More people are heading back to work. So who's watching the kids?

A mom and her baby.
Shelly DeWees says extra federal unemployment benefits helped pay for child care so she could take her 1-year-old son Ozzy, who has cerebral palsy, to medical appointments. DeWees, of South St. Paul, was furloughed from her part-time marketing job in March.
Courtesy of Shelly DeWees file

More people are headed back to work in person — but with COVID-19 cases on the rise in Minnesota, there are plenty of health implications.

To top it off, many school districts are in the process of deciding how they'll resume instruction in the fall. With more parents back to work, and child care a scarce commodity even before the pandemic, some families are scrambling to figure out who will watch their children if they're not in a classroom full-time.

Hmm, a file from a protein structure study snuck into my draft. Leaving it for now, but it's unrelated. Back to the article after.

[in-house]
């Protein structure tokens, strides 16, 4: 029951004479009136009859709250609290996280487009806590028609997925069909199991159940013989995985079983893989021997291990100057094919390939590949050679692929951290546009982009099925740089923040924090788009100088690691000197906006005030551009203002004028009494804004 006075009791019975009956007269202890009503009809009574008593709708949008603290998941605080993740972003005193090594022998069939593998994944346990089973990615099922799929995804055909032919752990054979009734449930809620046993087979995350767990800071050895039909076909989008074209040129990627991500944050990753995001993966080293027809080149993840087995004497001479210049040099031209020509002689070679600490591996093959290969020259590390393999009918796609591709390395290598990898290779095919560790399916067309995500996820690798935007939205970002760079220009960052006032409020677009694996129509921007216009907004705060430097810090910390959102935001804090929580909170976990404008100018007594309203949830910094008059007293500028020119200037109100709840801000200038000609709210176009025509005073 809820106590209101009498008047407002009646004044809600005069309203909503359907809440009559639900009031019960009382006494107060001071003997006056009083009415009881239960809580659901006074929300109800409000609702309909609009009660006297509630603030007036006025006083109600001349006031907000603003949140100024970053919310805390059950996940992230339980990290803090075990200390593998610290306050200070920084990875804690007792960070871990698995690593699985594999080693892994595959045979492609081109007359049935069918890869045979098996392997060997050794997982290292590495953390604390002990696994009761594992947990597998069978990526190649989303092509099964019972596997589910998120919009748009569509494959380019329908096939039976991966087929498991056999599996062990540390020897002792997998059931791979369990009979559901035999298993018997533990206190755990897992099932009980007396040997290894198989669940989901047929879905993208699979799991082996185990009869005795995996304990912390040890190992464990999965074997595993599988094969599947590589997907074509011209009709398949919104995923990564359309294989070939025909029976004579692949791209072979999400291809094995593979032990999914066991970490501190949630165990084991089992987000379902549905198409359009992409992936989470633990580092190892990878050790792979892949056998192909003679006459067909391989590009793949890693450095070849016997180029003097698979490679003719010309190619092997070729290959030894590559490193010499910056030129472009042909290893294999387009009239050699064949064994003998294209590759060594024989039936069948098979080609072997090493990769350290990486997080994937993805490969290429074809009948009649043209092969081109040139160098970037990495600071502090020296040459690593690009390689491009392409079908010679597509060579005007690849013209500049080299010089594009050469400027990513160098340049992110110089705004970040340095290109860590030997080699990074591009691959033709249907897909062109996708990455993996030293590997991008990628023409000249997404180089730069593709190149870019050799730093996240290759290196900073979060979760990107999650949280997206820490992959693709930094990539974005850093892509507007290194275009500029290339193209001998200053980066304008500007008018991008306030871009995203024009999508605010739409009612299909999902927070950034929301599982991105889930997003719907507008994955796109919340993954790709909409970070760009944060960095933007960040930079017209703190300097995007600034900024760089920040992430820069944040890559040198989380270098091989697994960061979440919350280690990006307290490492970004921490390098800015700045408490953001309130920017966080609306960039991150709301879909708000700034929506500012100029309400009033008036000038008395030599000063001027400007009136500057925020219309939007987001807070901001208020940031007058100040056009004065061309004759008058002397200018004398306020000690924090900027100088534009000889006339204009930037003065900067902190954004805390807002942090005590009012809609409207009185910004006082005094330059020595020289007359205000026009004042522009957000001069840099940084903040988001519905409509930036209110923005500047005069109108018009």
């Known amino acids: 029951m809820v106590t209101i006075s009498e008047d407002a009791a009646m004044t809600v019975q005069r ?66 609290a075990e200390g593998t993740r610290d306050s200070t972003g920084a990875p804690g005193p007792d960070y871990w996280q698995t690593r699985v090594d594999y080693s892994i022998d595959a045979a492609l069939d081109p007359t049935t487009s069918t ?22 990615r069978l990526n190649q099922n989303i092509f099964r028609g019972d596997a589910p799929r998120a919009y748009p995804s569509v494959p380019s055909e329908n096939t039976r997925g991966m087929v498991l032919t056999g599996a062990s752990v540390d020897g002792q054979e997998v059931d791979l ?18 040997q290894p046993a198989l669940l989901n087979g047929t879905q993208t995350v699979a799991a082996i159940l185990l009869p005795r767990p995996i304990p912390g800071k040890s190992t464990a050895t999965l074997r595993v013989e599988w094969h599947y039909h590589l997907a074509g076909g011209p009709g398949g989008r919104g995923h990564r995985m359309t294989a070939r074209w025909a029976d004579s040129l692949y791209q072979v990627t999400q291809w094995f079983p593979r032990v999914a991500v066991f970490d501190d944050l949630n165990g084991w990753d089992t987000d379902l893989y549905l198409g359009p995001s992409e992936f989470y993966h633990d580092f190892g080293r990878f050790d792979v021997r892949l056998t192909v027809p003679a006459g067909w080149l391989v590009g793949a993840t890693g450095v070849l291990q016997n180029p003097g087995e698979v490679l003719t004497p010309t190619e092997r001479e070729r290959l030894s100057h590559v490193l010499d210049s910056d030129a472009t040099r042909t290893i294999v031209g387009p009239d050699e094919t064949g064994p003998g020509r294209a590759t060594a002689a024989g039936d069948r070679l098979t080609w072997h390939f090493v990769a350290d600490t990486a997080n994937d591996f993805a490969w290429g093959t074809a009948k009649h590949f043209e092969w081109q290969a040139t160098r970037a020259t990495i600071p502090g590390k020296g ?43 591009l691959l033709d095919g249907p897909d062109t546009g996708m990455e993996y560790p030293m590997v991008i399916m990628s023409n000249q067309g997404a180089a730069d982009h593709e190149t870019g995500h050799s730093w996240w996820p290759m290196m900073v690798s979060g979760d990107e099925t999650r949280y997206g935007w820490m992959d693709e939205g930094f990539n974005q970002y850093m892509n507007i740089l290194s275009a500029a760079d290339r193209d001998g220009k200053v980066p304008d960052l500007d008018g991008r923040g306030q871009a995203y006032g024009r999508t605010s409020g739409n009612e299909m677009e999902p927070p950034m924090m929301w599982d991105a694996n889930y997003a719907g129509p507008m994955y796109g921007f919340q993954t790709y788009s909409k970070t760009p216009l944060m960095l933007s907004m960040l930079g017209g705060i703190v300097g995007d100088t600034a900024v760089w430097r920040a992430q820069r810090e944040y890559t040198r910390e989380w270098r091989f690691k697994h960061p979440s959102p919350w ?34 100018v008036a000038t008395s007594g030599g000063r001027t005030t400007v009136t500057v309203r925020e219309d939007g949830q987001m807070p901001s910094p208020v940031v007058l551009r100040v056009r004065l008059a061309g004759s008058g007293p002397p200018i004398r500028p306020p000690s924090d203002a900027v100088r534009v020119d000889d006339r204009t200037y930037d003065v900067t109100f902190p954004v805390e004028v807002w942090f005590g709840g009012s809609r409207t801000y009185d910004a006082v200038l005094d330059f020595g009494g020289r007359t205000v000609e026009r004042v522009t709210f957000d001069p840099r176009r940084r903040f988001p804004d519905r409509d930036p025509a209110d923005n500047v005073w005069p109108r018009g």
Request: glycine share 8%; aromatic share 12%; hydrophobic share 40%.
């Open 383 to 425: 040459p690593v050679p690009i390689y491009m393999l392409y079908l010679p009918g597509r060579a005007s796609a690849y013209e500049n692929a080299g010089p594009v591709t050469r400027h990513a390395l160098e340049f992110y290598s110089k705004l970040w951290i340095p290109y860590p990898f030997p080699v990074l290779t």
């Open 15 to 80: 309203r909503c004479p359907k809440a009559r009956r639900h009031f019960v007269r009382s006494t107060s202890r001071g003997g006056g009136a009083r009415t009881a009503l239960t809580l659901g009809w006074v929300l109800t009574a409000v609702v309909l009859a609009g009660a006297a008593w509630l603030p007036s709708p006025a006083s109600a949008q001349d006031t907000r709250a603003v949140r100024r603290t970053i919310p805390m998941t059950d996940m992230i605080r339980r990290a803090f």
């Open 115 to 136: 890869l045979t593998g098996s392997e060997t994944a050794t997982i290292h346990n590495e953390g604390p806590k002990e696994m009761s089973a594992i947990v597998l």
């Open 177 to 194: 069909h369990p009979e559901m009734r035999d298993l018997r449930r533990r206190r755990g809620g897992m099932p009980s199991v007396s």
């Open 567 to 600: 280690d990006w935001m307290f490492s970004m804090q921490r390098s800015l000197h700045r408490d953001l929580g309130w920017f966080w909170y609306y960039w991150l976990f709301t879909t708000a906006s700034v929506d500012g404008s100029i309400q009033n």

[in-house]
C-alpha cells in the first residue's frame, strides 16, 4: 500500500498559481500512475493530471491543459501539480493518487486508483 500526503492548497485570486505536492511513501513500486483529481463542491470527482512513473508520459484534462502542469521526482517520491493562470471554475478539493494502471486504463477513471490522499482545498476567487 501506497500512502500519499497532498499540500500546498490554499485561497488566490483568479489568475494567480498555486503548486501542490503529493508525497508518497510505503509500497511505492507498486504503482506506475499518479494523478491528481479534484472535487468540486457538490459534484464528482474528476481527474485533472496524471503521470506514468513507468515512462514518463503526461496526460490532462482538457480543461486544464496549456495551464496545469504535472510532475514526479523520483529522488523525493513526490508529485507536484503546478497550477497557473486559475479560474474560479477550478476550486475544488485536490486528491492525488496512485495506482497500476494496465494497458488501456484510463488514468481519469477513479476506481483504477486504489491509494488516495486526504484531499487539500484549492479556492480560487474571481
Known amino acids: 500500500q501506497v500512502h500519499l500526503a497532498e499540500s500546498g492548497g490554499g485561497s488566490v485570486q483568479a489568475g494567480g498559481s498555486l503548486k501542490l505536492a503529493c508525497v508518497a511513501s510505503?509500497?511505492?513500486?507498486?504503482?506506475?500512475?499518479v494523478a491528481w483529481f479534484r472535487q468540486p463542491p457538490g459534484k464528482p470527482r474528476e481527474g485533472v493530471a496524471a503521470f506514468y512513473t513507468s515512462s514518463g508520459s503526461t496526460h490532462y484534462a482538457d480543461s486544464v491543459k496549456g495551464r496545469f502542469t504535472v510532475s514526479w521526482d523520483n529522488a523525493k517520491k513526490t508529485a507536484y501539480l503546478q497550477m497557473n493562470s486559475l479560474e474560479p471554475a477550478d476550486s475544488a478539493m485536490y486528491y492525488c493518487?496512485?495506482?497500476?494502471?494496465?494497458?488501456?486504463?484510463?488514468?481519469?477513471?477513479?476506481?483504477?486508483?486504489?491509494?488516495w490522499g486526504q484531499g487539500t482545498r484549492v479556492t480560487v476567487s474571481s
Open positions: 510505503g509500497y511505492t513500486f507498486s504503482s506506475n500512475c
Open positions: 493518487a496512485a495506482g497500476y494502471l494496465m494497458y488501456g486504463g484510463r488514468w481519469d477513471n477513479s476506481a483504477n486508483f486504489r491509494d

MPR News host Angela Davis talks with two experts about Minnesota’s workers and their children.

Guests:

  • Ann McCully is the executive director of Child Care Aware of Minnesota.

  • Rob Grunewald is an economist for the Federal Reserve Bank of Minneapolis.

Use the audio player above to listen to the program.

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